On 2002-10-24 18:56, planetpj wrote:
I am sure that Aladin will be familier with this question. I read an article that Harlan Grove did and I had a couple of theory questions about the syntax. Harlan mixed SUMPRODUCT with SUMIF. My approach to the example posted would be =SUMPRODUCT((B1:B5=E1)+(B1:B5=F1),C1:C5) but I have never used sumproduct with sumif before and this interests me. Can Somone please break this down for me (True & False) or in excel language 1 & 0 and show me how this formula work's
[...]
I like it & I'm not surprised that Harlan authored this...
The standard formula for multi-conditional summing with OR-conditions, using SUMPRODUCT, applied to the sample you provide, is
(1) =SUMPRODUCT((B1:B5=E1)+(B1:B5=F1),C1:C5)
I recently shortened this to...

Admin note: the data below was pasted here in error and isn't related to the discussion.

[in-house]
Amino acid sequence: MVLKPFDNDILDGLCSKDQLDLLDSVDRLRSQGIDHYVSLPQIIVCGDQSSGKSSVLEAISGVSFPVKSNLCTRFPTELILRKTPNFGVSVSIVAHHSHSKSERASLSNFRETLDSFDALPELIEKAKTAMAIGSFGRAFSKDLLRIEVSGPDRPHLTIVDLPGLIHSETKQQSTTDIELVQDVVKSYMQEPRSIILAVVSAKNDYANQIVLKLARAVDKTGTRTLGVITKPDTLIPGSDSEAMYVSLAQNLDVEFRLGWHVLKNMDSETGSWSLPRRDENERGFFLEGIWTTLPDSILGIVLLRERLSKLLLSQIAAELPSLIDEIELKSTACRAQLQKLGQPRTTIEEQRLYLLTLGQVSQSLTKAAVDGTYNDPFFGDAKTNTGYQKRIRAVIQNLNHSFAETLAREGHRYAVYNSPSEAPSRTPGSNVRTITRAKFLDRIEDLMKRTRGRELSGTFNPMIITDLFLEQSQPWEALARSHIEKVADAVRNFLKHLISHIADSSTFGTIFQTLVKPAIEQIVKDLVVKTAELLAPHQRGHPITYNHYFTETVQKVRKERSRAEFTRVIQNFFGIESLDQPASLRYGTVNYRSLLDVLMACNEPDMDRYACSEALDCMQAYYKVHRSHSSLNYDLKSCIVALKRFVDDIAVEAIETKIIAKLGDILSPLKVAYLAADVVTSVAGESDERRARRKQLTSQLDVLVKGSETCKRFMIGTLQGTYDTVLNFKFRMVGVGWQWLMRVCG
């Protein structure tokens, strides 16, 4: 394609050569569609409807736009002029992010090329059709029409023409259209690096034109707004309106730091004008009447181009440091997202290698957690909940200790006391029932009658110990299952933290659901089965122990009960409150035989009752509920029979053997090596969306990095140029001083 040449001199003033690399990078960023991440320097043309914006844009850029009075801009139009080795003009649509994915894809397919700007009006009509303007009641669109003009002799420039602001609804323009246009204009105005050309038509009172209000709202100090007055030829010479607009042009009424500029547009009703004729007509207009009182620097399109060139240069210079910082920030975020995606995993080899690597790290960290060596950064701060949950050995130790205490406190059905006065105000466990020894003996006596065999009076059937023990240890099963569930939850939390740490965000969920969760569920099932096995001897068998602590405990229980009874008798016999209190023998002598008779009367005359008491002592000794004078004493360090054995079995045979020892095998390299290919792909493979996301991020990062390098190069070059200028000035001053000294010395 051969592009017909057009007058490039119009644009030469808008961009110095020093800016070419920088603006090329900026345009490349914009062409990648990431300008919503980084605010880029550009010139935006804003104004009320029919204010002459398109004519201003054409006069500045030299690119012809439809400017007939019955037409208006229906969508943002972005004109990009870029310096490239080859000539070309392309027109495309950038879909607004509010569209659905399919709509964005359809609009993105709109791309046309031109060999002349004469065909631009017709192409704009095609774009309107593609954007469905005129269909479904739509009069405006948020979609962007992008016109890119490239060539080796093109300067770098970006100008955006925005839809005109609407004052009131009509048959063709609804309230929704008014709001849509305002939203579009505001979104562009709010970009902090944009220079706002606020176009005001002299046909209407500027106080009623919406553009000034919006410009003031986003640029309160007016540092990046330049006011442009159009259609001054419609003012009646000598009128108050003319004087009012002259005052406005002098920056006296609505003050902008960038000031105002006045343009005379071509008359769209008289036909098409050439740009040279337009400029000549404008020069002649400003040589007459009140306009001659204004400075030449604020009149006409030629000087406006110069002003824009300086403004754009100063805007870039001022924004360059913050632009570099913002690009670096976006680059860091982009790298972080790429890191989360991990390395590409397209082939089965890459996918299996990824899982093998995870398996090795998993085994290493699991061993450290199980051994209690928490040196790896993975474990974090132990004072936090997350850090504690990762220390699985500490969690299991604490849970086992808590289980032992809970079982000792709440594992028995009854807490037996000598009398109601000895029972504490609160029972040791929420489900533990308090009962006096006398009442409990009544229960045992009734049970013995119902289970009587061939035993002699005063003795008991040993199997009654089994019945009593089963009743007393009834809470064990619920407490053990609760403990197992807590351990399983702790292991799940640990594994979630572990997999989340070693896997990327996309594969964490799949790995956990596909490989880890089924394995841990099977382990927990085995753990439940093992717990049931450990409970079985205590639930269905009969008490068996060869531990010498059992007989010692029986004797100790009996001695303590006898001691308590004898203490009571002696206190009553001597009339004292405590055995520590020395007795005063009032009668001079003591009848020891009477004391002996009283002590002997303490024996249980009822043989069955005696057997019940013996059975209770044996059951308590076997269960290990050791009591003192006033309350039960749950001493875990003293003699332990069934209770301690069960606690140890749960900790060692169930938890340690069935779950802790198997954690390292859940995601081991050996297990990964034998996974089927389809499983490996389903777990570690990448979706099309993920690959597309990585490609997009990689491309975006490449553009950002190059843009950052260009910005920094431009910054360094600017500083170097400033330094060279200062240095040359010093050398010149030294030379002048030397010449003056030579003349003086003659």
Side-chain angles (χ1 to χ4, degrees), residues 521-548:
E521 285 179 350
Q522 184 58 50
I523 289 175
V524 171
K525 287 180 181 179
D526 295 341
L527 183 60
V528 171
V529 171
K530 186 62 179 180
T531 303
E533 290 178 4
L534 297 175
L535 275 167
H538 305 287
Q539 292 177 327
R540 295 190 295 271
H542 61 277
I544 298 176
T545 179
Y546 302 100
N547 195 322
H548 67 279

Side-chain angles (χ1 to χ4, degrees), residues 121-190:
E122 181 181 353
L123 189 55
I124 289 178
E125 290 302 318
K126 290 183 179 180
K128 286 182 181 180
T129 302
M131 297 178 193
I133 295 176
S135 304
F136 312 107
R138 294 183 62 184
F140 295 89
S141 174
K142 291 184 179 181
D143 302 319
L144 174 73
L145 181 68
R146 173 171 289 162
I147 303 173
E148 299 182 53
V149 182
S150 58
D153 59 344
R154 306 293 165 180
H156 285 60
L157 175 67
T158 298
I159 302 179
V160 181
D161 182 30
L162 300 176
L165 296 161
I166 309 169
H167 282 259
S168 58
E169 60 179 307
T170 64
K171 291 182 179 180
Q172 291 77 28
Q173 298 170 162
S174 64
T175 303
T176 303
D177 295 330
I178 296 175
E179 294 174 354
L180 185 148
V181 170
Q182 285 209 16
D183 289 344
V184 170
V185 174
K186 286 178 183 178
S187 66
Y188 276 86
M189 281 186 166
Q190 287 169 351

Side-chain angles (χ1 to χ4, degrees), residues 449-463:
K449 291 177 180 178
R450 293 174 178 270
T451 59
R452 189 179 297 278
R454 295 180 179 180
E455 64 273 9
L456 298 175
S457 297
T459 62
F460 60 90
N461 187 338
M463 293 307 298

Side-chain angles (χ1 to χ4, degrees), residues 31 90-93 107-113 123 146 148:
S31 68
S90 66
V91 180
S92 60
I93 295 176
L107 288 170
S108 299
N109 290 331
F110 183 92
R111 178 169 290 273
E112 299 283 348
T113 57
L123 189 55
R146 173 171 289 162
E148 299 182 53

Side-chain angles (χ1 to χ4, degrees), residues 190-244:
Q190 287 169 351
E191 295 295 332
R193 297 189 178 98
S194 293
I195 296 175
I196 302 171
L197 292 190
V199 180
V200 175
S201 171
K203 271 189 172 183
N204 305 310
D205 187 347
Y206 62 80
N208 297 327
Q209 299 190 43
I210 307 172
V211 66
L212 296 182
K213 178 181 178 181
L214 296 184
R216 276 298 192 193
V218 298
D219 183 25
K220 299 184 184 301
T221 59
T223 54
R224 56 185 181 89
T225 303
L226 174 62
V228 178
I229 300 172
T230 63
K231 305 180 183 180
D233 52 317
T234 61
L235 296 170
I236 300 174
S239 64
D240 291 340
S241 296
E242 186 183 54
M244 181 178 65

(2) =SUMPRODUCT((B1:B5=E1:F1)*C1:C5)
Now we have Harlan's alternative:
(3) =SUMPRODUCT(SUMIF(B1:B5,E1:F1,C1:C5))
Formulas (1) and (2) can be reexpressed as...
(4) =SUMPRODUCT(SUMIF(B1:B5,{"PJ","Paul"},C1:C5))
that is, using an array constant.
Harlan's formula works differetly or goes by a different route...
It can be reexpressed as:
(5) =SUMIF(B1:B5,E1,C1:C5)+SUMIF(B1:B5,F1,C1:C5)
giving
=6+22
which SUMPRODUCT gets as array constant {6,22} and sums to 28.
The interesting question is whether (5) could operate faster than (2) ? Worth testing.
Aladin